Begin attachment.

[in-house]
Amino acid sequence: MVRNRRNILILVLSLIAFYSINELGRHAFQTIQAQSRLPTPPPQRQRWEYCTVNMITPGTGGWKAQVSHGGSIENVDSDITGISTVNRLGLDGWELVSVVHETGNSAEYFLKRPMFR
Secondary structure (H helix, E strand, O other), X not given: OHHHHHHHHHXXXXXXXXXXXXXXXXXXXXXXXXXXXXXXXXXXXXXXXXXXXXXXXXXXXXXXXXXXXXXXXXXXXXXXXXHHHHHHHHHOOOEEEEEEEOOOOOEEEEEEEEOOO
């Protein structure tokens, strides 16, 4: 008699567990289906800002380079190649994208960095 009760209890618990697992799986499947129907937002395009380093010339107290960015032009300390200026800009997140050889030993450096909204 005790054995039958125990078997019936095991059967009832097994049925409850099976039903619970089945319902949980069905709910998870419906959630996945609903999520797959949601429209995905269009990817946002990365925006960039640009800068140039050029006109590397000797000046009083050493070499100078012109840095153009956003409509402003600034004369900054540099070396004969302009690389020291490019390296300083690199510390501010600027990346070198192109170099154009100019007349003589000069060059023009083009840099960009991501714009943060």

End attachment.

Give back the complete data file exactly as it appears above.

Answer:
[in-house]
Amino acid sequence: MVRNRRNILILVLSLIAFYSINELGRHAFQTIQAQSRLPTPPPQRQRWEYCTVNMITPGTGGWKAQVSHGGSIENVDSDITGISTVNRLGLDGWELVSVVHETGNSAEYFLKRPMFR
Secondary structure (H helix, E strand, O other), X not given: OHHHHHHHHHXXXXXXXXXXXXXXXXXXXXXXXXXXXXXXXXXXXXXXXXXXXXXXXXXXXXXXXXXXXXXXXXXXXXXXXXHHHHHHHHHOOOEEEEEEEOOOOOEEEEEEEEOOO
């Protein structure tokens, strides 16, 4: 008699567990289906800002380079190649994208960095 009760209890618990697992799986499947129907937002395009380093010339107290960015032009300390200026800009997140050889030993450096909204 005790054995039958125990078997019936095991059967009832097994049925409850099976039903619970089945319902949980069905709910998870419906959630996945609903999520797959949601429209995905269009990817946002990365925006960039640009800068140039050029006109590397000797000046009083050493070499100078012109840095153009956003409509402003600034004369900054540099070396004969302009690389020291490019390296300083690199510390501010600027990346070198192109170099154009100019007349003589000069060059023009083009840099960009991501714009943060």